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  • 1. Save and Reload: PKD as Gamer PKD-Day 3 Souvik Mukherjee, Nottingham Trent University 1. Whatever you do in a game is trivial, because you can always play again and do exactly the opposite. [… the player] is free to explore any ‘what if’ scenario without taking any real chance. The problem is that usually ‘serious’ cultural products are essentially based in the impossibility of doing such a thing in real life. [This reversibility can be seen as something that] trivialises the "sacred" value of life’. Gonzalo Frasca, ‘Ephemeral Games: Is It Barbaric to Design Videogames after Auschwitz?’ <www.ludology.org/articles/ephemeralFRASCA.pdf> [accessed 23 November 09] 2.[Virtuality in Deleuze] does not refer, of course, to the virtual reality which digital simulations have made so familiar , but to a real virtuality forming a vital component of the objective world. Manuel DeLanda, Intensive Science and Virtual Philosophy (London: Continuum, 2002), p. 30. 2.The virtual is not opposed to the real but to the actual. The virtual is fully real in so far as it is virtual. [...] Indeed, the virtual must be defined as strictly a part of the real object — as though the object had one part of itself in the virtual into which it plunged as though into an objective dimension. [...] The reality of the virtual consists of the differential elements and relations along with the singular points which correspond to them. Gilles Deleuze, Difference and Repetition (London: The Athlone Press, 1994), p.209. 1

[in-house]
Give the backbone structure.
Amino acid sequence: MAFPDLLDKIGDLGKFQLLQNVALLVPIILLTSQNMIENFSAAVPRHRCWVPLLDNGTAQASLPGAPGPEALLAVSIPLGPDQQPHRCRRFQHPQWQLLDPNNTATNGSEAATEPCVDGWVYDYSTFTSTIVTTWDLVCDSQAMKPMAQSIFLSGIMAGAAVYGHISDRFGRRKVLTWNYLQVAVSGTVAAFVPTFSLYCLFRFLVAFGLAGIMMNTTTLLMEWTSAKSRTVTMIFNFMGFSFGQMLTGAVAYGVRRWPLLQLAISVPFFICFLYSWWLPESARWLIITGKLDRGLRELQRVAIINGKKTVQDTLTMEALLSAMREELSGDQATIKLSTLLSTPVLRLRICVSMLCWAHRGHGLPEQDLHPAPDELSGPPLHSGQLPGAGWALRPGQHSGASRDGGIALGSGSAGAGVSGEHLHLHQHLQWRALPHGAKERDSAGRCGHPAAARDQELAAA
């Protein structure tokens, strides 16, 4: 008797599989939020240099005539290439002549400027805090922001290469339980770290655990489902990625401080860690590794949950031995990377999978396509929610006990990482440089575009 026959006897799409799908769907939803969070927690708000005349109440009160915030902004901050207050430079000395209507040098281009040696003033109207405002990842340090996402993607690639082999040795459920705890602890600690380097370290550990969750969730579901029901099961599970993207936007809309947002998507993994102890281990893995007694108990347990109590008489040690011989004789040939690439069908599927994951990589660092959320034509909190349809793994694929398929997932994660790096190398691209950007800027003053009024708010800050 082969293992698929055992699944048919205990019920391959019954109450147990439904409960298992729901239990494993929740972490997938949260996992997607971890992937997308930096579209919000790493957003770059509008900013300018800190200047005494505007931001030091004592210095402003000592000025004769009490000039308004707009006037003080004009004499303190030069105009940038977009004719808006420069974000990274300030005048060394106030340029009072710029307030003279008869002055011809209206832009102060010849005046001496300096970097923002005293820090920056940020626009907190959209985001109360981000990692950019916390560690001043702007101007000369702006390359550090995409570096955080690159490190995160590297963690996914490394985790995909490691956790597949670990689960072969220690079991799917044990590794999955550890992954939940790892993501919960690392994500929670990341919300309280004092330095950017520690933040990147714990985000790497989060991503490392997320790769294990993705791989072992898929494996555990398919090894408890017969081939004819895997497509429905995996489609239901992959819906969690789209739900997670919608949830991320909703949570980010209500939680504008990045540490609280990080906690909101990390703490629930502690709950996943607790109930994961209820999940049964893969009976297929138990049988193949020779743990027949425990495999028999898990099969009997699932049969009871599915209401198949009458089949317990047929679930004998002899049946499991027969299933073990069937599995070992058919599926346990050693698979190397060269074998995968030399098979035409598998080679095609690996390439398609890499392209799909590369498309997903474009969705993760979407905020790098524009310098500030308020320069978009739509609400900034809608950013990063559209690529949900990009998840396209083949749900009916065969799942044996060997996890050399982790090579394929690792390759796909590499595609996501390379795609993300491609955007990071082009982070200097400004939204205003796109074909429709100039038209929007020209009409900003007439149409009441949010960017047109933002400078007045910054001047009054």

• 2. Save and Reload: PKD as Gamer PKD-Day 3 Souvik Mukherjee, Nottingham Trent University 3.Since each is a passing present, one life may replay another at a different level, as if the philosopher and the pig, the criminal and the saint, played out the past at different levels of a gigantic cone. This is what we call metempsychosis. Deleuze, Difference and Repetition, p. 105; added emphasis. 4.What if there exists a plurality of universes arranged along a sort of lateral axis, which is to say at right angles to the flow of linear time? I must admit that upon thinking this I found I had conjured up a terrific absurdity: ten thousand bodies of God arranged like so many suits hanging in some enormous closet, with God either wearing them all at once or going selectively back and forth among them, saying to himself, "I think today I'll wear the one in which Germany and Japan won World War II" and then adding, half to himself, "And tomorrow I'll wear that nice one in which Napoleon defeated the British; that's one of my best." Philip K. Dick, "If You Find This World Bad, You Should See Some of the Others", Grey Lodge Occult Review, Issue 10 < http://www.greylodge.org/occultreview/glor_010/dick_world.htm> [accessed 12 June 09] 5. In The Man in the High Castle I give no real explanation as to why or how Mr. Tagomi slid across into our universe; he simply sat in the park and scrutinized a piece of modern abstract handmade jewelry -- sat and studied it on and on -- and when he looked up, he was in another universe. I didn't explain how or why this happened because I don't know, and I would defy anyone, writer, reader, or critic, to give a so-called "explanation." There cannot be one because, of course, as we all know, such a concept is merely a fictional premise; none of us, in our right minds, entertains for even an instant the notion that such alternate universes exist in any actual sense. But let us say, just for fun, that they do. Then, if they do, how are they linked to each other, if in fact they are (or would be) linked? If you drew a map of them, showing their locations, what would the map look like? For instance (and I think this is a very important question), are they absolutely separate one from another, or do they overlap? Because if they overlap, then such problems as "Where do they exist?" and "How do you get from one to the next?" admit to a possible solution. I am saying, simply, if they do indeed exist, and if they do indeed overlap, then we may in some literal, very real sense inhabit several of them to various degrees at any given time. And although we all see one another as living humans walking about and talking and acting, some of us may inhabit relatively greater amounts of, say, Universe One than the other people do; and some of us may inhabit relatively greater amounts of Universe Two, Track Two, instead, and so on. It may not merely be that our subjective impressions of the world differ, but there may be an overlapping, a superimposition, of a number of worlds so that objectively, not subjectively, our worlds may differ. Our perceptions differ as a result of this. And I want to add this statement at this point, which I find to be a fascinating concept: It may be that some of these superimposed worlds are passing out of existence, along the lateral time line I spoke of, and some are in the process of moving toward greater, rather than lesser, actualization. These processes would occur simultaneously and not at all in linear time. The kind of process we are talking about here is atransformation, a kind of metamorphosis, invisibly achieved. But very real. And very important. Philip K. Dick, "If You Find This World Bad, You Should See Some of the Others" 2

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